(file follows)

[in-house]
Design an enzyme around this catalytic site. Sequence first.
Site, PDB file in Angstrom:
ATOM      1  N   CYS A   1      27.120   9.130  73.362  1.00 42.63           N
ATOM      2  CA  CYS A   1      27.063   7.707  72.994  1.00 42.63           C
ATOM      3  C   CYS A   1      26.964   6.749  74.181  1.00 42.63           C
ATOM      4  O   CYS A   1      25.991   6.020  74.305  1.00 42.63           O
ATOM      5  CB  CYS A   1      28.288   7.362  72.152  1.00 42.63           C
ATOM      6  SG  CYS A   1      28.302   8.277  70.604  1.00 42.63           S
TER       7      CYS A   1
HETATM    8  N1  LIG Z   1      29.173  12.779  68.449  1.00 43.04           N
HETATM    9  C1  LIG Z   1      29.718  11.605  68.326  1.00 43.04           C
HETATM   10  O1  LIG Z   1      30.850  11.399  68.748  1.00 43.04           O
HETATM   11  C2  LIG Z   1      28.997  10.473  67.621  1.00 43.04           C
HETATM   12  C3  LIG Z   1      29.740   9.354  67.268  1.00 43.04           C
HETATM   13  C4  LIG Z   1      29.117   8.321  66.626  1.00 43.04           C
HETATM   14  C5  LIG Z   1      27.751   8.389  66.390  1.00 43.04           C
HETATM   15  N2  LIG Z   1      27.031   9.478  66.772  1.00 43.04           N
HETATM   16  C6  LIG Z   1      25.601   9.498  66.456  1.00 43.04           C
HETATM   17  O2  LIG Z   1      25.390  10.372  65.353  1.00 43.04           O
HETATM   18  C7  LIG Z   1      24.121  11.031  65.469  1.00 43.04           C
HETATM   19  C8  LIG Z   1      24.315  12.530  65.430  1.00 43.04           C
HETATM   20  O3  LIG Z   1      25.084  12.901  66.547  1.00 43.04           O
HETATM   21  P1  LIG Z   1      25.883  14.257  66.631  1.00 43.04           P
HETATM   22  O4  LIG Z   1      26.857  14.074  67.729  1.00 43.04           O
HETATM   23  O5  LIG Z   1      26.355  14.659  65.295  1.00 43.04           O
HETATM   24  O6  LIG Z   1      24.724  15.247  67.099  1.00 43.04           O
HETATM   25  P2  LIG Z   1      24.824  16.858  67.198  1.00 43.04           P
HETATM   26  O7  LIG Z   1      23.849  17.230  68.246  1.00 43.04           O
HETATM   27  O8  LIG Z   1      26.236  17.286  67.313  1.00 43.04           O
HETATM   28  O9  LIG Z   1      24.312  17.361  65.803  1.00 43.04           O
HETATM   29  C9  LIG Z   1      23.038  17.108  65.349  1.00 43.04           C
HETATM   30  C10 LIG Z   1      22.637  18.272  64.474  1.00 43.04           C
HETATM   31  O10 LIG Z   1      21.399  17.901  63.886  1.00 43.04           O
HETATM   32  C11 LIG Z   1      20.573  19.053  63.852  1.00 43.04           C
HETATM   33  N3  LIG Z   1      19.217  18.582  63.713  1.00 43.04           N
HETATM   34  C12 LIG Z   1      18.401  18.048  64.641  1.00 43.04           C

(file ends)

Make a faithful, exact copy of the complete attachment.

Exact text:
[in-house]
Design an enzyme around this catalytic site. Sequence first.
Site, PDB file in Angstrom:
ATOM      1  N   CYS A   1      27.120   9.130  73.362  1.00 42.63           N
ATOM      2  CA  CYS A   1      27.063   7.707  72.994  1.00 42.63           C
ATOM      3  C   CYS A   1      26.964   6.749  74.181  1.00 42.63           C
ATOM      4  O   CYS A   1      25.991   6.020  74.305  1.00 42.63           O
ATOM      5  CB  CYS A   1      28.288   7.362  72.152  1.00 42.63           C
ATOM      6  SG  CYS A   1      28.302   8.277  70.604  1.00 42.63           S
TER       7      CYS A   1
HETATM    8  N1  LIG Z   1      29.173  12.779  68.449  1.00 43.04           N
HETATM    9  C1  LIG Z   1      29.718  11.605  68.326  1.00 43.04           C
HETATM   10  O1  LIG Z   1      30.850  11.399  68.748  1.00 43.04           O
HETATM   11  C2  LIG Z   1      28.997  10.473  67.621  1.00 43.04           C
HETATM   12  C3  LIG Z   1      29.740   9.354  67.268  1.00 43.04           C
HETATM   13  C4  LIG Z   1      29.117   8.321  66.626  1.00 43.04           C
HETATM   14  C5  LIG Z   1      27.751   8.389  66.390  1.00 43.04           C
HETATM   15  N2  LIG Z   1      27.031   9.478  66.772  1.00 43.04           N
HETATM   16  C6  LIG Z   1      25.601   9.498  66.456  1.00 43.04           C
HETATM   17  O2  LIG Z   1      25.390  10.372  65.353  1.00 43.04           O
HETATM   18  C7  LIG Z   1      24.121  11.031  65.469  1.00 43.04           C
HETATM   19  C8  LIG Z   1      24.315  12.530  65.430  1.00 43.04           C
HETATM   20  O3  LIG Z   1      25.084  12.901  66.547  1.00 43.04           O
HETATM   21  P1  LIG Z   1      25.883  14.257  66.631  1.00 43.04           P
HETATM   22  O4  LIG Z   1      26.857  14.074  67.729  1.00 43.04           O
HETATM   23  O5  LIG Z   1      26.355  14.659  65.295  1.00 43.04           O
HETATM   24  O6  LIG Z   1      24.724  15.247  67.099  1.00 43.04           O
HETATM   25  P2  LIG Z   1      24.824  16.858  67.198  1.00 43.04           P
HETATM   26  O7  LIG Z   1      23.849  17.230  68.246  1.00 43.04           O
HETATM   27  O8  LIG Z   1      26.236  17.286  67.313  1.00 43.04           O
HETATM   28  O9  LIG Z   1      24.312  17.361  65.803  1.00 43.04           O
HETATM   29  C9  LIG Z   1      23.038  17.108  65.349  1.00 43.04           C
HETATM   30  C10 LIG Z   1      22.637  18.272  64.474  1.00 43.04           C
HETATM   31  O10 LIG Z   1      21.399  17.901  63.886  1.00 43.04           O
HETATM   32  C11 LIG Z   1      20.573  19.053  63.852  1.00 43.04           C
HETATM   33  N3  LIG Z   1      19.217  18.582  63.713  1.00 43.04           N
HETATM   34  C12 LIG Z   1      18.401  18.048  64.641  1.00 43.04           C